Words & Images by: Forrest Reda
Coachella Valley Music and Arts Festival
04.27.07 - 04.29.07 :: Indio, CA
As Rage Against the Machine walked out to thunderous applause, tens of thousands of digital cameras and phones in the audience lit up like glowing stars at the 8th annual Coachella Music and Arts Festival. Anticipation hung over the crowd like a mist. The events of the long, hot, exhausting weekend seemed like a dream. As improbable as a Rage Against the Machine reunion seemed, the presence of Crowded House, Willie Nelson and The Lemonheads on the same bill seemed further evidence this was some kind of sleeping-pill-induced dream – too weird to be real, animated water cooler for the morning after.
Tom Morello - Nightwatchman
Rage Against the Machine's set wasn't just no-nonsense, hard-charged rock, delivered with sober venom by Tom Morello and Zach de la Rocha - from "Testify" to the double encore "Freedom" and "Killing in the Name Of" - it was a political rally, a non-violent display of power. Armed with pellet guns, the police were ready for anything. RATM's music was always revolutionary, but out there in the desert, as 60,000 young people sang along, the lyrics never packed as much power as they did on this warm California night where the crowd jumped up and down on the green grass of polo fields originally built for the wealthy. Whether you were Black, White, Latino, Asian, Native American or any other color or creed, the call to action reverberated within and united people.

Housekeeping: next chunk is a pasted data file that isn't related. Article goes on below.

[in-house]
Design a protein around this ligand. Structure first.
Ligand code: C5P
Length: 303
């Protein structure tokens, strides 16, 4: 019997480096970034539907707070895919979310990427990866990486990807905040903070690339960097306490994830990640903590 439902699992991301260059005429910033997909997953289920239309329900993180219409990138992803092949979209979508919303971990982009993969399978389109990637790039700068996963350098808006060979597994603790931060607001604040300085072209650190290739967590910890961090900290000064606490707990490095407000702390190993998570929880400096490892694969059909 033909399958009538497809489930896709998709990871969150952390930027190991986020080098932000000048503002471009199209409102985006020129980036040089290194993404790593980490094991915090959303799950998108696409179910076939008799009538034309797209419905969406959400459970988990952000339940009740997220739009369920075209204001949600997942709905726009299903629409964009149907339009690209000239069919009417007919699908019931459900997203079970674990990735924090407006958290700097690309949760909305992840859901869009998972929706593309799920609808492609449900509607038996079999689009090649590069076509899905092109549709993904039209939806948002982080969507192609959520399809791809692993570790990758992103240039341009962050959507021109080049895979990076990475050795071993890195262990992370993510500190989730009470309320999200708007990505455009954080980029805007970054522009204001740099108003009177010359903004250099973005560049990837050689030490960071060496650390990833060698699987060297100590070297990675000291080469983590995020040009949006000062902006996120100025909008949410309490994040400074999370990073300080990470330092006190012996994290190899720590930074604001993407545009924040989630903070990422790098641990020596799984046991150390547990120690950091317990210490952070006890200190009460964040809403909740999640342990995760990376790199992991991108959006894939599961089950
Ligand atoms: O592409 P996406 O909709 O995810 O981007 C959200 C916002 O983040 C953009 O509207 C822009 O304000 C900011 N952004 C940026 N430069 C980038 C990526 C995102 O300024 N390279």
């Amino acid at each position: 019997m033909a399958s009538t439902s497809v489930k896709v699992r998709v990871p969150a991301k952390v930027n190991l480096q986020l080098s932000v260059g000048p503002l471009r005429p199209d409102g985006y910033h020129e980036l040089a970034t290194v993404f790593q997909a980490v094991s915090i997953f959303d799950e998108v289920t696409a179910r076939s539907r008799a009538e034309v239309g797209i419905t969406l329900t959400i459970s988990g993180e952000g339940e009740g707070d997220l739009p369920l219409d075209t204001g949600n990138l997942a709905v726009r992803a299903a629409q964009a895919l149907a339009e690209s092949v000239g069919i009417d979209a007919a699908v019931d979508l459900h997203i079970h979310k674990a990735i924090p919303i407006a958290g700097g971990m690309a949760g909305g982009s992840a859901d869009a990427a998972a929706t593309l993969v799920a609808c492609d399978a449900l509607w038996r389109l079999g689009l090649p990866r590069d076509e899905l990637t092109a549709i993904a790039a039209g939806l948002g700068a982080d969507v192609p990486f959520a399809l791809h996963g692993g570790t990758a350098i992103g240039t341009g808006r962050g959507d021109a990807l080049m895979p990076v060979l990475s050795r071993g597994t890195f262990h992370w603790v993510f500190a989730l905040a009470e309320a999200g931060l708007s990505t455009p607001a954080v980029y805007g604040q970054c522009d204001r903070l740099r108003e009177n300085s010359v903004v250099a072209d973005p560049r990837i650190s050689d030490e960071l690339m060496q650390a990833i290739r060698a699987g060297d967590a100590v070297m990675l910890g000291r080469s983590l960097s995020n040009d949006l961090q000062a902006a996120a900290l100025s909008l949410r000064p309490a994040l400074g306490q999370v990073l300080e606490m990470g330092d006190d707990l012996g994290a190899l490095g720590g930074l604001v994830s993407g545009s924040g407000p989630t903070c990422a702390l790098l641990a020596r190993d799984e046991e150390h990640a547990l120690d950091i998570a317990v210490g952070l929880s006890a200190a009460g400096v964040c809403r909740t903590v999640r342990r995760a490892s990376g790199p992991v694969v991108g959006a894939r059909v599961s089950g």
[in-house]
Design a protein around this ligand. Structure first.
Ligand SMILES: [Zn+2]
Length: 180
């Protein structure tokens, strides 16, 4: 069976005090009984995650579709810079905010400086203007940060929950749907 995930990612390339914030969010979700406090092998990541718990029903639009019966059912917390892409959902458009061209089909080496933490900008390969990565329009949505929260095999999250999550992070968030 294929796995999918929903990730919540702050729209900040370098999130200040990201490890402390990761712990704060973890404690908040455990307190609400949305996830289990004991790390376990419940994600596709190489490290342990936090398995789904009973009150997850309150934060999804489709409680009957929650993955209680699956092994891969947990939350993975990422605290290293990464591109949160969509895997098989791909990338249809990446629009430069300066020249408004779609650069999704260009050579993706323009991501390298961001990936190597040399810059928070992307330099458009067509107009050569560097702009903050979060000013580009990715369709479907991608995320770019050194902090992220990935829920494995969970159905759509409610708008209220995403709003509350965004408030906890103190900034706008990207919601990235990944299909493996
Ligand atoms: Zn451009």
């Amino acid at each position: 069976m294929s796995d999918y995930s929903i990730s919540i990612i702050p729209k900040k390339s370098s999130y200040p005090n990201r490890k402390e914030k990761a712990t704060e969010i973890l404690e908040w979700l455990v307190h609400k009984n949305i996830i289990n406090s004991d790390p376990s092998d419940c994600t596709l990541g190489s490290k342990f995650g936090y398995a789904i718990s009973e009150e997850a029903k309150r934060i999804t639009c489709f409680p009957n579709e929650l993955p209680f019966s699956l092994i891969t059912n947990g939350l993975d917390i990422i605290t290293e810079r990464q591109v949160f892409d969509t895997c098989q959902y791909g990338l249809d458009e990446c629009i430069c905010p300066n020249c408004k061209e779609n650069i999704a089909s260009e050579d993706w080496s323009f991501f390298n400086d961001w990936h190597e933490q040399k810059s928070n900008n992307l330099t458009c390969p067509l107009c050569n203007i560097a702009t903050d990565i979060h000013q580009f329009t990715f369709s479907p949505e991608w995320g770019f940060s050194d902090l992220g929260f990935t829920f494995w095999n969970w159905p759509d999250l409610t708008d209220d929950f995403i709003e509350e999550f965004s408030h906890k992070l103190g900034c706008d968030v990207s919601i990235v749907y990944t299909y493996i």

Zach de la Rocha railed against the last seven years of the Bush regime. "This current administration should be hung and tried and shot. But the challenges we face go beyond the current administration. It's not a system that changes every four years. It's a system we have to tear down, generation after generation," said de la Rocha, who changed the lyrics of "Killing in the Name Of" to indict those responsible for atrocities like Abu Ghraib. "Some of those who burn crosses are the same that hold office," added de la Rocha.
Putting RATM on at the end of the day could have resulted in a riot, but the heat and opening bands did their job of keeping things mellow. The only casualty was Crowded House singer Neil Finn's microphone, which was knocked over by a water bottle during "Don't Dream It's Over." It was a shame because the classic '80s song was sounding really good, but those are the breaks at a festival.
Despite being two acts before Rage, the crowd was already jockeying for position stage side during Crowded House. Manu Chao, the band immediately before RATM, had more luck. Their multilingual lyrics champion the disenfranchised and their rock leanings were less offensive to the rabid crowd than Crowded House's melodic set, which was more geared for the Australians skipping around the grass in the back of the audience.